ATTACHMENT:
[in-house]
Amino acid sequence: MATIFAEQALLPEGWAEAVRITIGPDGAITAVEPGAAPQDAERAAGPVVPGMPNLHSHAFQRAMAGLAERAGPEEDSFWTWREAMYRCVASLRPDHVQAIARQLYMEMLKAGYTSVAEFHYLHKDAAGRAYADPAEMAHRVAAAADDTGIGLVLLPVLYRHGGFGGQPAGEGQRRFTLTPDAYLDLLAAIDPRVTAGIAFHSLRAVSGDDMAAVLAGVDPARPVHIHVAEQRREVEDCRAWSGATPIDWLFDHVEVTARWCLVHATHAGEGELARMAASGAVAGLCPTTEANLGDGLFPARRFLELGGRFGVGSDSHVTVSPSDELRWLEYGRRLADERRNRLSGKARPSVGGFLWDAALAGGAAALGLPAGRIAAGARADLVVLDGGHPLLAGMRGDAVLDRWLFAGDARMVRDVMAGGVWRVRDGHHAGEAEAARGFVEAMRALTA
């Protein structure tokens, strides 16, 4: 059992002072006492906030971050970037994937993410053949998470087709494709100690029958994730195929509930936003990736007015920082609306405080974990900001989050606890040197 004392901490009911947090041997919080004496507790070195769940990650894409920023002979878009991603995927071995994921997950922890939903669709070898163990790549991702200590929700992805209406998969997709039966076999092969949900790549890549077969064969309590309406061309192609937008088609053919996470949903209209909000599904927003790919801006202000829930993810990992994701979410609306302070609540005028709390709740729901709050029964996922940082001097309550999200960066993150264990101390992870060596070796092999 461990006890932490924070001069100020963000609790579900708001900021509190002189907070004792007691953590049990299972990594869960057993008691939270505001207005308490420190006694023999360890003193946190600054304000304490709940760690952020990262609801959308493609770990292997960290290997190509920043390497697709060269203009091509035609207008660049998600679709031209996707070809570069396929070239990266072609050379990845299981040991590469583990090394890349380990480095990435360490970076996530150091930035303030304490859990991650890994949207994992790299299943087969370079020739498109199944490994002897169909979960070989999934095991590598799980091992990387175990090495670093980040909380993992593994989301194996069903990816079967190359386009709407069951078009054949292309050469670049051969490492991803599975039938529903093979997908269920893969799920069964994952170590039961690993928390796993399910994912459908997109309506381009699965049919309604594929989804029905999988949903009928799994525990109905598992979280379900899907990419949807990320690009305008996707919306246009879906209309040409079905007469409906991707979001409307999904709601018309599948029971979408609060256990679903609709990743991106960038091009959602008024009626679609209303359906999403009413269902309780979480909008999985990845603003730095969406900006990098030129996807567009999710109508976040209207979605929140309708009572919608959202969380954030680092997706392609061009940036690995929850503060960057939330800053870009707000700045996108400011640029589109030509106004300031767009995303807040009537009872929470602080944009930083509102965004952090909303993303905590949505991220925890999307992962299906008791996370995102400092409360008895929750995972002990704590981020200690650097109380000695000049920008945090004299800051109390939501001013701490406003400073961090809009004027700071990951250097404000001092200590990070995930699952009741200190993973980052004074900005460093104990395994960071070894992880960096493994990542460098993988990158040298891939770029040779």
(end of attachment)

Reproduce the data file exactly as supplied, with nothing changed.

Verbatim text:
[in-house]
Amino acid sequence: MATIFAEQALLPEGWAEAVRITIGPDGAITAVEPGAAPQDAERAAGPVVPGMPNLHSHAFQRAMAGLAERAGPEEDSFWTWREAMYRCVASLRPDHVQAIARQLYMEMLKAGYTSVAEFHYLHKDAAGRAYADPAEMAHRVAAAADDTGIGLVLLPVLYRHGGFGGQPAGEGQRRFTLTPDAYLDLLAAIDPRVTAGIAFHSLRAVSGDDMAAVLAGVDPARPVHIHVAEQRREVEDCRAWSGATPIDWLFDHVEVTARWCLVHATHAGEGELARMAASGAVAGLCPTTEANLGDGLFPARRFLELGGRFGVGSDSHVTVSPSDELRWLEYGRRLADERRNRLSGKARPSVGGFLWDAALAGGAAALGLPAGRIAAGARADLVVLDGGHPLLAGMRGDAVLDRWLFAGDARMVRDVMAGGVWRVRDGHHAGEAEAARGFVEAMRALTA
């Protein structure tokens, strides 16, 4: 059992002072006492906030971050970037994937993410053949998470087709494709100690029958994730195929509930936003990736007015920082609306405080974990900001989050606890040197 004392901490009911947090041997919080004496507790070195769940990650894409920023002979878009991603995927071995994921997950922890939903669709070898163990790549991702200590929700992805209406998969997709039966076999092969949900790549890549077969064969309590309406061309192609937008088609053919996470949903209209909000599904927003790919801006202000829930993810990992994701979410609306302070609540005028709390709740729901709050029964996922940082001097309550999200960066993150264990101390992870060596070796092999 461990006890932490924070001069100020963000609790579900708001900021509190002189907070004792007691953590049990299972990594869960057993008691939270505001207005308490420190006694023999360890003193946190600054304000304490709940760690952020990262609801959308493609770990292997960290290997190509920043390497697709060269203009091509035609207008660049998600679709031209996707070809570069396929070239990266072609050379990845299981040991590469583990090394890349380990480095990435360490970076996530150091930035303030304490859990991650890994949207994992790299299943087969370079020739498109199944490994002897169909979960070989999934095991590598799980091992990387175990090495670093980040909380993992593994989301194996069903990816079967190359386009709407069951078009054949292309050469670049051969490492991803599975039938529903093979997908269920893969799920069964994952170590039961690993928390796993399910994912459908997109309506381009699965049919309604594929989804029905999988949903009928799994525990109905598992979280379900899907990419949807990320690009305008996707919306246009879906209309040409079905007469409906991707979001409307999904709601018309599948029971979408609060256990679903609709990743991106960038091009959602008024009626679609209303359906999403009413269902309780979480909008999985990845603003730095969406900006990098030129996807567009999710109508976040209207979605929140309708009572919608959202969380954030680092997706392609061009940036690995929850503060960057939330800053870009707000700045996108400011640029589109030509106004300031767009995303807040009537009872929470602080944009930083509102965004952090909303993303905590949505991220925890999307992962299906008791996370995102400092409360008895929750995972002990704590981020200690650097109380000695000049920008945090004299800051109390939501001013701490406003400073961090809009004027700071990951250097404000001092200590990070995930699952009741200190993973980052004074900005460093104990395994960071070894992880960096493994990542460098993988990158040298891939770029040779």